Using a Mass Balance Model to Evaluate Groundwater Budget of Seawater-Intruded Island Aquifers

Authors


  • Paper No. JAWRA-10-0165-P of the Journal of the American Water Resources Association (JAWRA). Discussions are open until six months from print publication.

(E-Mail/Liu: lcw@gwater.agec.ntu.edu.tw).

Abstract

Jang, Cheng-Shin, Chen-Wuing Liu, Shih-Kai Chen, and Wen-Sheng Lin, 2011. Using a Mass Balance Model to Evaluate Groundwater Budget of Seawater-Intruded Island Aquifers. Journal of the American Water Resources Association (JAWRA) 48(1): 61-73. DOI: 10.1111/j.1752-1688.2011.00593.x

Abstract:  The study developed a mass balance model to evaluate the groundwater budget of seawater-intruded island aquifers using limited available data. The Penghu islands were selected as a study area. As sparse observed data were available in the islands, methods of combining water and chloride balances were used to determine the amounts of groundwater pumping, seawater intrusion, aquifer storages, and safe yields in the shallow and deep aquifers. The groundwater budget shows that seawater intrusion to freshwater aquifers was 1.38 × 106 and 0.29 × 106 m3/year in the shallow and deep aquifers, respectively, indicating that the seawater intrusion is severe in the both aquifers. The safe yield of the shallow aquifer was 14.56 × 106 m3/year in 2005 which was four times higher than that of the deep aquifer (3.70 × 106 m3/year). However, the annual pumping amounts in the shallow and deep aquifers were 4.77 × 106 and 3.63 × 106 m3/year, respectively. Although the safe yield of the shallow aquifer is enough for all water resources demands, only 55% of exploitation amount was extracted from the shallow aquifer due to its poor water quality. Groundwater exploitation in the deep aquifer should be significantly reduced and regulated by a dynamic management of pumping scheme because the annual pumping amounts are close to the safe yield and seawater intrusion occurs continually. Additionally, to alleviate further aquifer salination, at least half of the current annual groundwater abstraction should be reduced.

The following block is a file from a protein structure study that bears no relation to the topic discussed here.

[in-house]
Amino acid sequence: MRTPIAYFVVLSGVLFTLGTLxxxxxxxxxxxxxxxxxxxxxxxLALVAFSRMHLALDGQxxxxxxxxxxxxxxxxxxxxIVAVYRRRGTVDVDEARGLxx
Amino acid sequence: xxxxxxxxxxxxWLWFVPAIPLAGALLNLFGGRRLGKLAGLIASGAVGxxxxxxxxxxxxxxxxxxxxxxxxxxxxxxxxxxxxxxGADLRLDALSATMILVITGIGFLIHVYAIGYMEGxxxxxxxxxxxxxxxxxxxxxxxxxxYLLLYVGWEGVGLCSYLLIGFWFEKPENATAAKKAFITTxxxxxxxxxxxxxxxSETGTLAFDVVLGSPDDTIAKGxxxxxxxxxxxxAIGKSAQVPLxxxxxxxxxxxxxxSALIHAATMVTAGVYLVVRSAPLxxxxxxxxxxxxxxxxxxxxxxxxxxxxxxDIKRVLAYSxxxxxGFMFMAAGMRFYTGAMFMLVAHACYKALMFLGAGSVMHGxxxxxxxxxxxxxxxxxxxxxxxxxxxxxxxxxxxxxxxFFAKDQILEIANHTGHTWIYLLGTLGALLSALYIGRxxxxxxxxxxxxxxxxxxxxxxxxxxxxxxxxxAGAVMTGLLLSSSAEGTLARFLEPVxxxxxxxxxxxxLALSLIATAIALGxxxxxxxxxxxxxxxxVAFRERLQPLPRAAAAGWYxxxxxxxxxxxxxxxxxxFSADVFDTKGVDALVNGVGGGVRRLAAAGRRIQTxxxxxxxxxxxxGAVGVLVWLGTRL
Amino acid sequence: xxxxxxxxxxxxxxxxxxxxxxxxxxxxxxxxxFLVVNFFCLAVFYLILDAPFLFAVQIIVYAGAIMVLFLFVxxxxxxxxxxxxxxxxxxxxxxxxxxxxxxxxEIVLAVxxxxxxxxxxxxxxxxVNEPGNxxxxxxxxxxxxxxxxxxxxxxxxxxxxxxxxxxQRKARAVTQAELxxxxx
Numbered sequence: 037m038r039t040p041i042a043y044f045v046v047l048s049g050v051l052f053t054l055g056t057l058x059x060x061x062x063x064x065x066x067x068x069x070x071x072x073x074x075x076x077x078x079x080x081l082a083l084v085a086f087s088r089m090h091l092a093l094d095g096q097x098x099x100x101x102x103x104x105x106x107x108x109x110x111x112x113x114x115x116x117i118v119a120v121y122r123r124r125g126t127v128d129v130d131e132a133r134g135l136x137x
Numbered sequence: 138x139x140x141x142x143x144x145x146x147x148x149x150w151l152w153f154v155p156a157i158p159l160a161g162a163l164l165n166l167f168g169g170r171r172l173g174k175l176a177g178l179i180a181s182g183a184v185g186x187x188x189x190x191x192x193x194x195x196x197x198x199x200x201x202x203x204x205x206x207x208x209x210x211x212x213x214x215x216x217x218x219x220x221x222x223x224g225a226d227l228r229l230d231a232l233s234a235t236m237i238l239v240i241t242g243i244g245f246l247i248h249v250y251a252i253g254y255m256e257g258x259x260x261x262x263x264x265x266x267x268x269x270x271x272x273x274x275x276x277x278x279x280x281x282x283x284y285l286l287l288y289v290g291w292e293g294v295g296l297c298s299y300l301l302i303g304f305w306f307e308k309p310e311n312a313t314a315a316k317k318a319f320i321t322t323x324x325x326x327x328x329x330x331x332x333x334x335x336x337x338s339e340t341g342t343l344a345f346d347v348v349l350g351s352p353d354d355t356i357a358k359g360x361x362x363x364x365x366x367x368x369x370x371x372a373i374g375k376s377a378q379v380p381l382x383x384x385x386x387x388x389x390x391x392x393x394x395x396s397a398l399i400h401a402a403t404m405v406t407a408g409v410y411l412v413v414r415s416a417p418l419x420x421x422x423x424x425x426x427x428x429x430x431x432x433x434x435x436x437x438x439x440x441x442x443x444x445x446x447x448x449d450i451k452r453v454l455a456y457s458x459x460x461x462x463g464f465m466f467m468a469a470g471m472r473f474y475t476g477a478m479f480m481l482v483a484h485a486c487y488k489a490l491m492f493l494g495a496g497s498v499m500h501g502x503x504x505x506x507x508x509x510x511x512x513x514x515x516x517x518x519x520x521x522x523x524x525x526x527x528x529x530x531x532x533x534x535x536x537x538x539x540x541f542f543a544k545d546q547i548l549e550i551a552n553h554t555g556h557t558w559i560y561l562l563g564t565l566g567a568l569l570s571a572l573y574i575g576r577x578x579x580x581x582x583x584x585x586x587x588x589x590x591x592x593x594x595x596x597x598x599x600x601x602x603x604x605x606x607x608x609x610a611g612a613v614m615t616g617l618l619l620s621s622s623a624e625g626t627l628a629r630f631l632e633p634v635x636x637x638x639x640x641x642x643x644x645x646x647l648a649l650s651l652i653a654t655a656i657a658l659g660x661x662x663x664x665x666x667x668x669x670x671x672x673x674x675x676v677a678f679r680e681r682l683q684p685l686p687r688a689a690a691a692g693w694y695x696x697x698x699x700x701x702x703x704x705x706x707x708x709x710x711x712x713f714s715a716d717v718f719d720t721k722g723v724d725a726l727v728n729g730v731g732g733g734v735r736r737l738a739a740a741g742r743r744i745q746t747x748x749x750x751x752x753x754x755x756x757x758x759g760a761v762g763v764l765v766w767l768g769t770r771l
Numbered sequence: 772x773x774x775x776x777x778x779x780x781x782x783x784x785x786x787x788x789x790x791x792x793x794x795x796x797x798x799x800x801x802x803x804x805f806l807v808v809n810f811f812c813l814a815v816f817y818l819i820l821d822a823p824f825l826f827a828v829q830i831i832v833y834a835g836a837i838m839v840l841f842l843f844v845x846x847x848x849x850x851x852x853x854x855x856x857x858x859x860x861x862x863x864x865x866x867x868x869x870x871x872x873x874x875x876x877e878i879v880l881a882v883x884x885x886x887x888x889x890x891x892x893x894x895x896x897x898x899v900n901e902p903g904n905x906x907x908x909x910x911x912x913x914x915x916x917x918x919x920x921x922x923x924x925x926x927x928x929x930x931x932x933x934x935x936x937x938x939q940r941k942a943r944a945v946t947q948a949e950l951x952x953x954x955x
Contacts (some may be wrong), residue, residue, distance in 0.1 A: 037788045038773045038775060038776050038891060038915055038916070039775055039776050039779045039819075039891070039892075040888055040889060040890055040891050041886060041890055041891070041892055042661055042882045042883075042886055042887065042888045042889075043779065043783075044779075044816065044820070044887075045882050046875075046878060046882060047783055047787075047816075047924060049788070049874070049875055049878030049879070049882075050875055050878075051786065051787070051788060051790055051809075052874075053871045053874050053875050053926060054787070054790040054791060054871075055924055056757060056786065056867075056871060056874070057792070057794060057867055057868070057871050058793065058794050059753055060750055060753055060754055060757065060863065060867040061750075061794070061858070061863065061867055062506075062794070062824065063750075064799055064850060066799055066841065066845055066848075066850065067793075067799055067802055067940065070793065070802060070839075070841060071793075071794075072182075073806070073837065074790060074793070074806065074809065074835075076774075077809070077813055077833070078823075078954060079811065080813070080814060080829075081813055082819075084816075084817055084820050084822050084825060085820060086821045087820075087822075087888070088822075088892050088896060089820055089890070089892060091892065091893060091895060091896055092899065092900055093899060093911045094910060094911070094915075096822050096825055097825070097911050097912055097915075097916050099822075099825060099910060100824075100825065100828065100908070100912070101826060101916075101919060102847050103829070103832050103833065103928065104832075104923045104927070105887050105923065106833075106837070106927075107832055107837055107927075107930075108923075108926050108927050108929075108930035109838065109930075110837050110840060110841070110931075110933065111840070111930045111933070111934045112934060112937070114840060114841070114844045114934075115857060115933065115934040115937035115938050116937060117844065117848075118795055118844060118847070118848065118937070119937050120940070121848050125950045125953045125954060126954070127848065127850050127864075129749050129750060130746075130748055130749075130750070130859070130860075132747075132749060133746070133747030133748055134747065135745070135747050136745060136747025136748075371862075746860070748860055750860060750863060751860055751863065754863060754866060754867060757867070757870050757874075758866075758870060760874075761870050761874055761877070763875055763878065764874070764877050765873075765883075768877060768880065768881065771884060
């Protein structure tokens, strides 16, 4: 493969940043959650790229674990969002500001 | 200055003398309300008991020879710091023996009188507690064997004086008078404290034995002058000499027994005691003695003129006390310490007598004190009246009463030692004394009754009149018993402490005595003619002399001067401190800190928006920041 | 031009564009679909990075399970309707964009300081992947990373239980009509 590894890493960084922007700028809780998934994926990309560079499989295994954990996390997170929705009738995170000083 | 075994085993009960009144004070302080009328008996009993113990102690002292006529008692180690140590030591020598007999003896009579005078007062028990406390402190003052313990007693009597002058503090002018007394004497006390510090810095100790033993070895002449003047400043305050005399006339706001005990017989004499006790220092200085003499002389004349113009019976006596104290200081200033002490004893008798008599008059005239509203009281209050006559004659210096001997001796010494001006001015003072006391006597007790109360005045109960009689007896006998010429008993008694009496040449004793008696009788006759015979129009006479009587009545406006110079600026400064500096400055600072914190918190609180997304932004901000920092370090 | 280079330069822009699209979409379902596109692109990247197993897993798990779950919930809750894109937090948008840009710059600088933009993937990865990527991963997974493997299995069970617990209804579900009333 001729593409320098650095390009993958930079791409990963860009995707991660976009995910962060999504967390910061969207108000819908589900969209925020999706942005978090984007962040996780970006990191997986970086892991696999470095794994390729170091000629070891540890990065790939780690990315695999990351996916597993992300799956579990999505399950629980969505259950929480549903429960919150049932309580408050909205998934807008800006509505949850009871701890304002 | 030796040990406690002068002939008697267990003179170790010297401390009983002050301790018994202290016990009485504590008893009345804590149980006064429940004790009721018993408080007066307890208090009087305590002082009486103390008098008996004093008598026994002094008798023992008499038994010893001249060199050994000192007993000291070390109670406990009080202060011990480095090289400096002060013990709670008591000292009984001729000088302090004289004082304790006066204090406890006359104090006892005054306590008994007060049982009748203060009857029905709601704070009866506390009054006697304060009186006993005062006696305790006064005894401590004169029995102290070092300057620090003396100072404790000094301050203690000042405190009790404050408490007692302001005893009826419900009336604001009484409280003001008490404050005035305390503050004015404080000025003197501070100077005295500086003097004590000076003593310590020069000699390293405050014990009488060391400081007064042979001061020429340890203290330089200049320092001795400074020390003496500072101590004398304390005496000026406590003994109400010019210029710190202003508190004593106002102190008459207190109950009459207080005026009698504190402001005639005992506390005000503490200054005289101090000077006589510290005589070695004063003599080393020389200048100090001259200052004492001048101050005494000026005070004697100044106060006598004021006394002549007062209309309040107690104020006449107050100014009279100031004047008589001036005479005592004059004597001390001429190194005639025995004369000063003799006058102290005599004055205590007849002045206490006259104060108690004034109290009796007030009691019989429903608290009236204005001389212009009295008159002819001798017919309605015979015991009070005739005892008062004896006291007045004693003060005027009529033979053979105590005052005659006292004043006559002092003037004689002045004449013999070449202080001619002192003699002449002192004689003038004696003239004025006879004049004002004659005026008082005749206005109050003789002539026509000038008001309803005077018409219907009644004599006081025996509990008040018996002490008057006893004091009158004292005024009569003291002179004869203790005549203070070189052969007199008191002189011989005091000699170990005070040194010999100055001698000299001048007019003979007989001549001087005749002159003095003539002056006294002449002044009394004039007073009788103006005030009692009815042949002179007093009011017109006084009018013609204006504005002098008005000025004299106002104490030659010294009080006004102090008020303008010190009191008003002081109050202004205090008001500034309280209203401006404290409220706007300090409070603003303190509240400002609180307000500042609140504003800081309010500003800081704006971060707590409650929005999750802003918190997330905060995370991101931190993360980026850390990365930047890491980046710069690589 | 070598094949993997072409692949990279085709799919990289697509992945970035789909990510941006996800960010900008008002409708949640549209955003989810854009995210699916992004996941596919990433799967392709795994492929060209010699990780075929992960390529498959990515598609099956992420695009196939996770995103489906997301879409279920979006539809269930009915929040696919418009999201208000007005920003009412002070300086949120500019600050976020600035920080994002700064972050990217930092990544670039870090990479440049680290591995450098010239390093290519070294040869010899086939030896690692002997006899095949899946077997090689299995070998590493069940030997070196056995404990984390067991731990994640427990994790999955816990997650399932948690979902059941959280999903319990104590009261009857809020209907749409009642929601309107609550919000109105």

Ancillary